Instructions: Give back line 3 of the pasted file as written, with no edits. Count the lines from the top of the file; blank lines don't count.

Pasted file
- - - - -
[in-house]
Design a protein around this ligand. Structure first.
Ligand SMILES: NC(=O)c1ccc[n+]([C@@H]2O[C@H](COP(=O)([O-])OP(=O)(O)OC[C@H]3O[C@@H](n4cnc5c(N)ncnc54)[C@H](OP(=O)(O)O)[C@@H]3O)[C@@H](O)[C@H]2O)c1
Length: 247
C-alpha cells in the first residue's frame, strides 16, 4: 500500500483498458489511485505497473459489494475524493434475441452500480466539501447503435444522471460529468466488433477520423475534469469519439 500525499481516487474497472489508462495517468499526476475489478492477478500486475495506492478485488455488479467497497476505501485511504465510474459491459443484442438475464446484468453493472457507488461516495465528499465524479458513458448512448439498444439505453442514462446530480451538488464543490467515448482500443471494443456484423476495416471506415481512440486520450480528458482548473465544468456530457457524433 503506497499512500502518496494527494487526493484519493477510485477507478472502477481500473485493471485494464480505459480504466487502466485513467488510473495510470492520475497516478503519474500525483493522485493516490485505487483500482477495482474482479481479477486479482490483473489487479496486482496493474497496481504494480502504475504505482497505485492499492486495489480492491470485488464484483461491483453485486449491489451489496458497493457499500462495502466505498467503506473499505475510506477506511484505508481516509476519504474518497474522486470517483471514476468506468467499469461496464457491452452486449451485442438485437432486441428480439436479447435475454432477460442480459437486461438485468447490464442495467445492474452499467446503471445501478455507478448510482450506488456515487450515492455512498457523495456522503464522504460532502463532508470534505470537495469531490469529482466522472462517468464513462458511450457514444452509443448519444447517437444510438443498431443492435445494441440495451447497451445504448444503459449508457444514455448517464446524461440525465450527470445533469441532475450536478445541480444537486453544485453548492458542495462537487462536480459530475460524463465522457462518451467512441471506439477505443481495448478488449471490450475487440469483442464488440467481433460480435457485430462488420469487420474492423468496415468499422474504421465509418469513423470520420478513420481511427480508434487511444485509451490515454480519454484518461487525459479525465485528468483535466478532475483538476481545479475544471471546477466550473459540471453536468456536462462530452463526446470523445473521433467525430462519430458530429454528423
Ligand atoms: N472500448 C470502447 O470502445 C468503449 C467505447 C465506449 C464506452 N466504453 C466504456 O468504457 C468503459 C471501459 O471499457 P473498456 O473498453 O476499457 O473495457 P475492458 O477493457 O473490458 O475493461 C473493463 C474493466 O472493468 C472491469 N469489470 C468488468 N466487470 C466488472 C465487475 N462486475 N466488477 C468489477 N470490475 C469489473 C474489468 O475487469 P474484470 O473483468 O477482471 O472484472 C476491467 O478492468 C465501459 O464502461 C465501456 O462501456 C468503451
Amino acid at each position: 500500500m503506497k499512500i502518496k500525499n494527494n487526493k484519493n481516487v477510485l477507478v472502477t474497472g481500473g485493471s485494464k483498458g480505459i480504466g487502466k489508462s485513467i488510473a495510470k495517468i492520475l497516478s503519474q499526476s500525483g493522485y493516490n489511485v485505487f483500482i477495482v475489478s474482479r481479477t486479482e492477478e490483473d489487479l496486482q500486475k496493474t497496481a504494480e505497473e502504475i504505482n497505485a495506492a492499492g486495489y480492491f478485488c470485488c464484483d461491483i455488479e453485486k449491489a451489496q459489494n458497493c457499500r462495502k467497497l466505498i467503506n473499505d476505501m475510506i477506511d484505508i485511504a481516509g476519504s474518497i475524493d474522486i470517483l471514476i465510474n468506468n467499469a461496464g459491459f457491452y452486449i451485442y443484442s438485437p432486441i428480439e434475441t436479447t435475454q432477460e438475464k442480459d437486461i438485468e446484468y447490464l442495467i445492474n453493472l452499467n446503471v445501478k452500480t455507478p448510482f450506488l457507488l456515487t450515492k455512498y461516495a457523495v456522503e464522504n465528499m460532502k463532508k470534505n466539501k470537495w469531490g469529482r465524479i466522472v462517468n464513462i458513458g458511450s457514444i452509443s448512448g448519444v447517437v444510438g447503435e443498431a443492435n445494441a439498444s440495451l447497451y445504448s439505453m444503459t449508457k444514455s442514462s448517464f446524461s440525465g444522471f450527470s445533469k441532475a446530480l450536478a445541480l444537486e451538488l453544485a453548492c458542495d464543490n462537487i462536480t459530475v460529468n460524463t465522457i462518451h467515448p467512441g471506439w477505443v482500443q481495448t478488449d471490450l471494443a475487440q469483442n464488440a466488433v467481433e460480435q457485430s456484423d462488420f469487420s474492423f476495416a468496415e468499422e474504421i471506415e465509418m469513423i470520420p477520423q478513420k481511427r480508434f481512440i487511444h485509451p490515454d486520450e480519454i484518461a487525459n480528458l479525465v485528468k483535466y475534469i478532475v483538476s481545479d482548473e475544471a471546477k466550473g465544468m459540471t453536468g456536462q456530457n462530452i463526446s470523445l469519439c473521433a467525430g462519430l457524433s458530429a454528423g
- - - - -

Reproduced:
Ligand SMILES: NC(=O)c1ccc[n+]([C@@H]2O[C@H](COP(=O)([O-])OP(=O)(O)OC[C@H]3O[C@@H](n4cnc5c(N)ncnc54)[C@H](OP(=O)(O)O)[C@@H]3O)[C@@H](O)[C@H]2O)c1